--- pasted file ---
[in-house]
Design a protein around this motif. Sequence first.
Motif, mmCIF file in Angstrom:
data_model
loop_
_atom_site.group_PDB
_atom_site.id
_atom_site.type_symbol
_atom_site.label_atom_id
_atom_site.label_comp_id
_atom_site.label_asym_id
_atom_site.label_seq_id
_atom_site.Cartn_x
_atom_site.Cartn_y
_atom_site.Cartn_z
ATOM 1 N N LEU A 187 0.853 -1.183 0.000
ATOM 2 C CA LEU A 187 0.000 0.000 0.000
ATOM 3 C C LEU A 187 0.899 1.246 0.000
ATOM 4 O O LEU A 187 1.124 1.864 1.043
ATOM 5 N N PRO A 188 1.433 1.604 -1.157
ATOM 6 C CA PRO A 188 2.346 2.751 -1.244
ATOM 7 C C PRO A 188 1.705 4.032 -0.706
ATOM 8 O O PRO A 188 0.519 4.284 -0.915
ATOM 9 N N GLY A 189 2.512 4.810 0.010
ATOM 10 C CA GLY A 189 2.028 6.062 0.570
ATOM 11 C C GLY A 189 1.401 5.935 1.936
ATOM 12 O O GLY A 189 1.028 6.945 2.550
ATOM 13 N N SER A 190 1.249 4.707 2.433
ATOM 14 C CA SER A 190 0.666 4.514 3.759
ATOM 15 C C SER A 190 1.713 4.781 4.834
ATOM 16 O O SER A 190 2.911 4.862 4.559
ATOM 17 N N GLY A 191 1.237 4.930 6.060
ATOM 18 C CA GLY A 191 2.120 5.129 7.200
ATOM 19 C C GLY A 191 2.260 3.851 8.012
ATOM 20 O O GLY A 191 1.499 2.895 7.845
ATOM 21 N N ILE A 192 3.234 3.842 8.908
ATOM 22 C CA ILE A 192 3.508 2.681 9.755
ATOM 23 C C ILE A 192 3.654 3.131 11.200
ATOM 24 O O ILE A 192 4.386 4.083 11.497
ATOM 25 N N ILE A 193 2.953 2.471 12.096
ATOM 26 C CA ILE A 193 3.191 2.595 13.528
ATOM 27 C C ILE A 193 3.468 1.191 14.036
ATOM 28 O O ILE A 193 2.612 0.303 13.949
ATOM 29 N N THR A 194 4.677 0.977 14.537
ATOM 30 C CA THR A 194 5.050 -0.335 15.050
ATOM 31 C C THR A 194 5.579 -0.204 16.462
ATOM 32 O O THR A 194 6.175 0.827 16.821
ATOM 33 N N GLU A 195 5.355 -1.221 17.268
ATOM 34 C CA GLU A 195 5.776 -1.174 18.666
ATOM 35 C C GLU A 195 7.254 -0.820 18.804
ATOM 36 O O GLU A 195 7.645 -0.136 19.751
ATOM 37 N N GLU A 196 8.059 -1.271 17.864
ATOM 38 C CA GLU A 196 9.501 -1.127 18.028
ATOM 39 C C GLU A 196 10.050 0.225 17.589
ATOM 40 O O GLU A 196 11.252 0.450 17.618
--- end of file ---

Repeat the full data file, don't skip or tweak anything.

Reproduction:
[in-house]
Design a protein around this motif. Sequence first.
Motif, mmCIF file in Angstrom:
data_model
loop_
_atom_site.group_PDB
_atom_site.id
_atom_site.type_symbol
_atom_site.label_atom_id
_atom_site.label_comp_id
_atom_site.label_asym_id
_atom_site.label_seq_id
_atom_site.Cartn_x
_atom_site.Cartn_y
_atom_site.Cartn_z
ATOM 1 N N LEU A 187 0.853 -1.183 0.000
ATOM 2 C CA LEU A 187 0.000 0.000 0.000
ATOM 3 C C LEU A 187 0.899 1.246 0.000
ATOM 4 O O LEU A 187 1.124 1.864 1.043
ATOM 5 N N PRO A 188 1.433 1.604 -1.157
ATOM 6 C CA PRO A 188 2.346 2.751 -1.244
ATOM 7 C C PRO A 188 1.705 4.032 -0.706
ATOM 8 O O PRO A 188 0.519 4.284 -0.915
ATOM 9 N N GLY A 189 2.512 4.810 0.010
ATOM 10 C CA GLY A 189 2.028 6.062 0.570
ATOM 11 C C GLY A 189 1.401 5.935 1.936
ATOM 12 O O GLY A 189 1.028 6.945 2.550
ATOM 13 N N SER A 190 1.249 4.707 2.433
ATOM 14 C CA SER A 190 0.666 4.514 3.759
ATOM 15 C C SER A 190 1.713 4.781 4.834
ATOM 16 O O SER A 190 2.911 4.862 4.559
ATOM 17 N N GLY A 191 1.237 4.930 6.060
ATOM 18 C CA GLY A 191 2.120 5.129 7.200
ATOM 19 C C GLY A 191 2.260 3.851 8.012
ATOM 20 O O GLY A 191 1.499 2.895 7.845
ATOM 21 N N ILE A 192 3.234 3.842 8.908
ATOM 22 C CA ILE A 192 3.508 2.681 9.755
ATOM 23 C C ILE A 192 3.654 3.131 11.200
ATOM 24 O O ILE A 192 4.386 4.083 11.497
ATOM 25 N N ILE A 193 2.953 2.471 12.096
ATOM 26 C CA ILE A 193 3.191 2.595 13.528
ATOM 27 C C ILE A 193 3.468 1.191 14.036
ATOM 28 O O ILE A 193 2.612 0.303 13.949
ATOM 29 N N THR A 194 4.677 0.977 14.537
ATOM 30 C CA THR A 194 5.050 -0.335 15.050
ATOM 31 C C THR A 194 5.579 -0.204 16.462
ATOM 32 O O THR A 194 6.175 0.827 16.821
ATOM 33 N N GLU A 195 5.355 -1.221 17.268
ATOM 34 C CA GLU A 195 5.776 -1.174 18.666
ATOM 35 C C GLU A 195 7.254 -0.820 18.804
ATOM 36 O O GLU A 195 7.645 -0.136 19.751
ATOM 37 N N GLU A 196 8.059 -1.271 17.864
ATOM 38 C CA GLU A 196 9.501 -1.127 18.028
ATOM 39 C C GLU A 196 10.050 0.225 17.589
ATOM 40 O O GLU A 196 11.252 0.450 17.618